But there's not much involvement here. The characters are rather flat and superficial, the emotions distant, the ending all-too predictable. As Morgan's self-centeredness becomes increasingly dangerous to both Cam and Pip, readers may grow impatient for her to reach the obvious conclusion. There's not much chemistry between Morgan and Cam beyond her frequent professions of love (that mostly amount to her not being able to imagine what she'll do without him in her life, a dubious model of love). She and Pip have a bit more, but it's spoiled by her frequent observations of how hunky he's becoming. A pleasantly entertaining novel that won't stick in the mind much past the final page.

From the Book:
I know that probably makes me sound like a total snob, but it's simple fact. Since freshman year, I've correctly predicted the futures of dozens of students at Stevens. It all started way before that, though, in junior high, when I correctly guessed who would win the million-dollar prize on every reality-TV show out there. At times I would have to think, really think, to know the answer, but sometimes I would just wake up and, clear as day, the face of the winner would pop into my mind. Soon, I started testing my abilities out on my friends, and my friends' friends, and before long, every other person at school wanted my services. Seriously, being a psychic will do more for your reputation than a driver's license or a head-to-toe Marc Jacobs wardrobe.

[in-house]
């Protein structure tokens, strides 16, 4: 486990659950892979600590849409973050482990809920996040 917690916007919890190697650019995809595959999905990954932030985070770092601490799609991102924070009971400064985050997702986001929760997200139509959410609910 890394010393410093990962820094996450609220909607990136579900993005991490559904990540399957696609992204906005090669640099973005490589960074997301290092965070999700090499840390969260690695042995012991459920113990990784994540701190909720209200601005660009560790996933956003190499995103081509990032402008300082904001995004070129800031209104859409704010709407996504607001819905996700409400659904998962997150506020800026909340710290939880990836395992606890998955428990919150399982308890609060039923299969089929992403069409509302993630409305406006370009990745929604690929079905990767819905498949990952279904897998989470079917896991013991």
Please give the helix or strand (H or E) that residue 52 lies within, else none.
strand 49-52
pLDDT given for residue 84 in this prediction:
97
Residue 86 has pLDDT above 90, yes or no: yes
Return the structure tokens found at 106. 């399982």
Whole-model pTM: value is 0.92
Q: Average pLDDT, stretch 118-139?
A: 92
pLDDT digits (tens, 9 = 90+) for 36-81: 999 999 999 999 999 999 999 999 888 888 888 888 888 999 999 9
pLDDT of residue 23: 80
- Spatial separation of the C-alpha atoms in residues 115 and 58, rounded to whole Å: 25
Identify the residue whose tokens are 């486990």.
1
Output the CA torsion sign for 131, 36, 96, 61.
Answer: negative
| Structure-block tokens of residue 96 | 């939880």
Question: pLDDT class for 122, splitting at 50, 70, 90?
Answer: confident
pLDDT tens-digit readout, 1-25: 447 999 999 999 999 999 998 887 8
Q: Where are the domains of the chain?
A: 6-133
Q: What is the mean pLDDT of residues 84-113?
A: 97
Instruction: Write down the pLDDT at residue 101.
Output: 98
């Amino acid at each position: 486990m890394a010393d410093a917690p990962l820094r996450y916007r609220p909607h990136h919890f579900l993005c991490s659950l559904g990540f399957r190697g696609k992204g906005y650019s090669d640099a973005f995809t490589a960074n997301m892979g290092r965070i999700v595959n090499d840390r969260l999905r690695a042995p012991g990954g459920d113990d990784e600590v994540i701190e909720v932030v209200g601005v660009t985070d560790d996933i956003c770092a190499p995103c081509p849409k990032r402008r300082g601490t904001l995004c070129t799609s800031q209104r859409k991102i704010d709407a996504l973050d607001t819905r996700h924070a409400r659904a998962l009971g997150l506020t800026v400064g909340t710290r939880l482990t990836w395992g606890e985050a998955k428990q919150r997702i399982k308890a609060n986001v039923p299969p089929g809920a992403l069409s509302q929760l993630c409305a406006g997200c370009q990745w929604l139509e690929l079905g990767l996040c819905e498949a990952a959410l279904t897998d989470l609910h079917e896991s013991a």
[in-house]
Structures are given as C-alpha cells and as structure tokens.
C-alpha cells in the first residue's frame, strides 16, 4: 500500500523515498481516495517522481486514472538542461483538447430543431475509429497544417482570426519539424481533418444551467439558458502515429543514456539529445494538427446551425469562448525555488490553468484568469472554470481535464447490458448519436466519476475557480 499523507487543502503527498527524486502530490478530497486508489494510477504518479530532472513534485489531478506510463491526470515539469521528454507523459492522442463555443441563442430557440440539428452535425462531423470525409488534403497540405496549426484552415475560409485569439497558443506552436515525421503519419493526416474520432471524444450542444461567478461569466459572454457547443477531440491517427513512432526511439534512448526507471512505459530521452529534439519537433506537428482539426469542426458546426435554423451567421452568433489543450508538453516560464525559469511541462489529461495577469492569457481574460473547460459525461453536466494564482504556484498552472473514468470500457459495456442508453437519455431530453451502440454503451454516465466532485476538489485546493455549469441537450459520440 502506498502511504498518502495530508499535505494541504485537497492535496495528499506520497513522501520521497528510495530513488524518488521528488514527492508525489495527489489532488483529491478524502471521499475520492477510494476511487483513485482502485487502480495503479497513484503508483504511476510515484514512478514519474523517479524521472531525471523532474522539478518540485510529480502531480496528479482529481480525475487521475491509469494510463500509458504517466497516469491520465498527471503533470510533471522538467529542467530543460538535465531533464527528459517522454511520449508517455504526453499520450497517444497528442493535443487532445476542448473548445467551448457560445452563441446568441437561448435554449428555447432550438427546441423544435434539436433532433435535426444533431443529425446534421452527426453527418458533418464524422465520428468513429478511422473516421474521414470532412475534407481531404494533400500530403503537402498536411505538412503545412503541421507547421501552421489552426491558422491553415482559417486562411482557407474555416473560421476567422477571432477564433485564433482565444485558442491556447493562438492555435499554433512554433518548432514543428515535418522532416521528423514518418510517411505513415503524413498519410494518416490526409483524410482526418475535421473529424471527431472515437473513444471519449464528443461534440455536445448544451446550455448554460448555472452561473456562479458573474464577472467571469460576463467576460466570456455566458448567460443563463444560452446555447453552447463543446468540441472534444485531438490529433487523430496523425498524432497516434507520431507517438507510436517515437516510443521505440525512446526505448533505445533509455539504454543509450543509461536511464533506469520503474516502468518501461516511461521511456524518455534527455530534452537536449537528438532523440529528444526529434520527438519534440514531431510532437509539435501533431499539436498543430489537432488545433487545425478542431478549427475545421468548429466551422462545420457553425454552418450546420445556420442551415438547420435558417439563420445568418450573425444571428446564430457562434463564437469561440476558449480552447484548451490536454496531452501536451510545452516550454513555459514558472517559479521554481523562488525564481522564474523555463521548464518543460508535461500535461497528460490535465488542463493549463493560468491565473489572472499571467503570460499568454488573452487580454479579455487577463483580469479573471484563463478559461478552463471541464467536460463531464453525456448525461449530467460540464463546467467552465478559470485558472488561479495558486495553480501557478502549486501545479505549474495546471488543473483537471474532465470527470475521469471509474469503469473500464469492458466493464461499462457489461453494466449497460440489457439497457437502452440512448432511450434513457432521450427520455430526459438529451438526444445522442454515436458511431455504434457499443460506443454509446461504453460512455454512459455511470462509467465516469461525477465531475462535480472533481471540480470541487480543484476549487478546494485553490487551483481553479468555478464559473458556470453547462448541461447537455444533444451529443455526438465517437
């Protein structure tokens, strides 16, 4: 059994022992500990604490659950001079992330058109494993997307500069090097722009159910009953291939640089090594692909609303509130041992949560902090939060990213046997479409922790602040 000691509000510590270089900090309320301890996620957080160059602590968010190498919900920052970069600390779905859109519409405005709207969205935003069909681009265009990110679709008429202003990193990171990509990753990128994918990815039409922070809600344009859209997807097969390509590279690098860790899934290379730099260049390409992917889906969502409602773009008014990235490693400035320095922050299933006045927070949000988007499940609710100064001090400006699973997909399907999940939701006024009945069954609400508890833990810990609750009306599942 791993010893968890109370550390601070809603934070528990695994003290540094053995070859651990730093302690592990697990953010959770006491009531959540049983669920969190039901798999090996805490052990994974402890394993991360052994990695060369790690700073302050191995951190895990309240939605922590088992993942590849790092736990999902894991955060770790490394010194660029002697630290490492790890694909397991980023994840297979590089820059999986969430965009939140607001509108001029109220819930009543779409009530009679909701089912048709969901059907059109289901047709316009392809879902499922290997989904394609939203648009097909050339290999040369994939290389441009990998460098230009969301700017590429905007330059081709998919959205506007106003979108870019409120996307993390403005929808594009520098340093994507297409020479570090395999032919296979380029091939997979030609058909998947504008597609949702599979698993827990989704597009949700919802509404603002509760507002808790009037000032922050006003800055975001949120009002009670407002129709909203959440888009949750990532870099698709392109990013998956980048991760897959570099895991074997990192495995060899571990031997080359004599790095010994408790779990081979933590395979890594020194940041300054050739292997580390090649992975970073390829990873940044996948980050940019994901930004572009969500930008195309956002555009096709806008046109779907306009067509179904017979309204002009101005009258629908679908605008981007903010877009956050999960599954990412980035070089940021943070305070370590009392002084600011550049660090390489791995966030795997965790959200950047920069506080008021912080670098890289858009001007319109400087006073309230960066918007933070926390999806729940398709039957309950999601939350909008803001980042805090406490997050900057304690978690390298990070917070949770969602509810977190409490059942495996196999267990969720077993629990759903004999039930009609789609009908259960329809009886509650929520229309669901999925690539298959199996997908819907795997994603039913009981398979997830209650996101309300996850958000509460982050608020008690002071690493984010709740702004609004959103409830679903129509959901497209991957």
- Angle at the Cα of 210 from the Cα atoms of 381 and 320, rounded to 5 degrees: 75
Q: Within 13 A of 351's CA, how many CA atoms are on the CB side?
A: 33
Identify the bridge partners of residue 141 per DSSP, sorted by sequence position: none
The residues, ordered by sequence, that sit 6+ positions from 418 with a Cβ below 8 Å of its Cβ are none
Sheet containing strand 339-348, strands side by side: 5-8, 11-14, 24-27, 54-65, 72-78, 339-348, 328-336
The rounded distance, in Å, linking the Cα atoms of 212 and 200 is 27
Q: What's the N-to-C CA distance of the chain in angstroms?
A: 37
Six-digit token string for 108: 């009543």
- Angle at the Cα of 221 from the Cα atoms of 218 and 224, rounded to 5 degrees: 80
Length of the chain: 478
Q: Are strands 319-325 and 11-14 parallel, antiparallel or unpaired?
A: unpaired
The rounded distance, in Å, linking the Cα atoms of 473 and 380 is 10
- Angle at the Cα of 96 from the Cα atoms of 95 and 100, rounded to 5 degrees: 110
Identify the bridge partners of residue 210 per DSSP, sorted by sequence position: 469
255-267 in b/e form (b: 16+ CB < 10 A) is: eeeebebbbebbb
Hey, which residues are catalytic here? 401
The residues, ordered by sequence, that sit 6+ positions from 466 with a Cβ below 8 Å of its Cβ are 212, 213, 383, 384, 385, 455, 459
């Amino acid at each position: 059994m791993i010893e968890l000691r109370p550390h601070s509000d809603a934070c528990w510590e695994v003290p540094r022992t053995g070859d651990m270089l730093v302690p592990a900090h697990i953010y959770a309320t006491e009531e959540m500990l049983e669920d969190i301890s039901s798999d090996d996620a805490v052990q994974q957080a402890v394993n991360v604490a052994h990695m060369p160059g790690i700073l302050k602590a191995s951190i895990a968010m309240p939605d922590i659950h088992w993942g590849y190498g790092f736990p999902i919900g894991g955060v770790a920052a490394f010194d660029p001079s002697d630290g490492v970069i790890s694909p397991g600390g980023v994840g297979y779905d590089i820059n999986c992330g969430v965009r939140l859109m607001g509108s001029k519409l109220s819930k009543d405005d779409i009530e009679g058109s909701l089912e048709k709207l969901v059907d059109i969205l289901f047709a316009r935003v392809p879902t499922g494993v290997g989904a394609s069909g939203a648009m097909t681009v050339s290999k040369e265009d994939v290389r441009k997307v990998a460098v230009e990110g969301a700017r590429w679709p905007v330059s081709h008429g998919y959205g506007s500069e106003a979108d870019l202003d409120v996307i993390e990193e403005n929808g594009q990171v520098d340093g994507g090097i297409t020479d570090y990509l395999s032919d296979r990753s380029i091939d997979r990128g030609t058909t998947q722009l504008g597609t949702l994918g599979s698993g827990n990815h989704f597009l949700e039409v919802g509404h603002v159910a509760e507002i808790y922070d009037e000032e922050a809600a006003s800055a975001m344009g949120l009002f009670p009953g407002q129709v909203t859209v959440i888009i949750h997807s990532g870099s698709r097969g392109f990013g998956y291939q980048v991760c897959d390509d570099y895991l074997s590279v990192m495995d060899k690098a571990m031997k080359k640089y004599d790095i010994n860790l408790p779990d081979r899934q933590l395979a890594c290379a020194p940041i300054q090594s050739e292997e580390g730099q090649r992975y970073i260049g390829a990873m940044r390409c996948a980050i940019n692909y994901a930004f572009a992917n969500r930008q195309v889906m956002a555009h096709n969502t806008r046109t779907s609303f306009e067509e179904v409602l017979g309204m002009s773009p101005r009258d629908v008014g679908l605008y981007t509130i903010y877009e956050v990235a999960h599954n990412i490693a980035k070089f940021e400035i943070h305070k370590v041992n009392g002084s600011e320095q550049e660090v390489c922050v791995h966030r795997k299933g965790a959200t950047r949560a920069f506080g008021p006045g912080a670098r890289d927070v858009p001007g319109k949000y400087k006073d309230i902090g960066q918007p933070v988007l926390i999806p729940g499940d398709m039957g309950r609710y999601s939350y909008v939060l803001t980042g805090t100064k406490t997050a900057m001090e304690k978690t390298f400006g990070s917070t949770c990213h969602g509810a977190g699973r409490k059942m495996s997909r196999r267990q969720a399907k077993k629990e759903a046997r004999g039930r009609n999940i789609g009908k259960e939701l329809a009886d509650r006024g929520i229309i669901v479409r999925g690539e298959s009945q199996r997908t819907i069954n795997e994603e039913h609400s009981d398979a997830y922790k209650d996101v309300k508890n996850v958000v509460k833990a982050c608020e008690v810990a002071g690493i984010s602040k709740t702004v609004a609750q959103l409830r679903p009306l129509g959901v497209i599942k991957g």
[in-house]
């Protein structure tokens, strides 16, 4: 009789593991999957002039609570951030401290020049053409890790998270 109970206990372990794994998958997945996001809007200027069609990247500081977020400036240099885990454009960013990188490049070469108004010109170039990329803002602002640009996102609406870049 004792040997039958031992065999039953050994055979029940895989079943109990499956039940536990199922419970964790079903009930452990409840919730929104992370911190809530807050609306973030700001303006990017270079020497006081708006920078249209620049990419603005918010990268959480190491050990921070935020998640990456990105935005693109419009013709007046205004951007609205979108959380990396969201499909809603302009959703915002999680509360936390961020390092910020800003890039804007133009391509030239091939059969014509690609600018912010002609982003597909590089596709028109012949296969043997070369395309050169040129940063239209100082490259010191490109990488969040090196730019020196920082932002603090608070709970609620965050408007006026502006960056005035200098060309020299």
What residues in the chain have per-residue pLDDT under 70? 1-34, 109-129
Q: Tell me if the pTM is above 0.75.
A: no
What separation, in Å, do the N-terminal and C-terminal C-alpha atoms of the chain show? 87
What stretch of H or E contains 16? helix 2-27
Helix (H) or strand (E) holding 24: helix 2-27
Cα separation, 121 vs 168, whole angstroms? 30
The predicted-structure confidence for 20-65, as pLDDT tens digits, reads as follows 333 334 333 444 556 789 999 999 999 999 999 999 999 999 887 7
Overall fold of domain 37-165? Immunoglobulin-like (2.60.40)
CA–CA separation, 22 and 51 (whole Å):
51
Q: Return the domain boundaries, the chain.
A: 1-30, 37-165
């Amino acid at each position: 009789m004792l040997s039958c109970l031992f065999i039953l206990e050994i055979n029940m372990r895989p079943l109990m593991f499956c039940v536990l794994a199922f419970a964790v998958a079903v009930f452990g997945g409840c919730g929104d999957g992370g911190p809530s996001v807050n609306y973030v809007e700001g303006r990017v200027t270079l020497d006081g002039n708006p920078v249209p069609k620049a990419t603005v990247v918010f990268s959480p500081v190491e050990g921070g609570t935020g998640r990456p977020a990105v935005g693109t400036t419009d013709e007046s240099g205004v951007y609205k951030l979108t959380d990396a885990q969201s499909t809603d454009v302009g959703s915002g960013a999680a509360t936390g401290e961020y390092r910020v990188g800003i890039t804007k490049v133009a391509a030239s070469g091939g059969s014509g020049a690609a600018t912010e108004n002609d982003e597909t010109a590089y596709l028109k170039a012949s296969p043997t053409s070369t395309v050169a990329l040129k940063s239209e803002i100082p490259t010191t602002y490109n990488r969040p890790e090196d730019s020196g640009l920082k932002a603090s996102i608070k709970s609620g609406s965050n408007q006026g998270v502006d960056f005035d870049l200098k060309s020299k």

Sierra tosses her frizzed-out, corn-husk-blond spirals over her shoulder and straightens. "Well, maybe you saw someone else. Someone who looked like me. Isn't that possible?"

Actually, it isn't possible at all. Sierra has a totally warped sense of style, like Andy Warhol on crack. Everyday things lying around the house do not always make attractive accessories. I shrug, though, since I don't feel like explaining that hell would have a ski resort before two people on the face of this earth would think it was okay to tie their ponytail up in a Twizzler, and crane my neck toward the refreshment stand. I'm starving. Where are my French fries?

Talk to your kids about ...

  • Families can talk about the current popularity of supernatural teen romance. Why do you think this genre has become so popular recently? What about it appeals to you? 

  • What is the appeal of fairies, vampires, werewolves? Do you wish you knew one? Were one? Do you think they exist? Why are creatures that in the past were portrayed as monsters now seen as attractive, even sexy?

  • Why do you think there are so many products mentioned in this book?

  • What do you think of the way love is portrayed here? Do Morgan and Cam have a real connection? What about Morgan and Pip? Morgan repeatedly says she can't imagine life without Cam -- is that a healthy love?

  • What do you think of the way Pip acts. Is he selfless or a pushover?

Book details

Our editors recommend

For kids who love love stories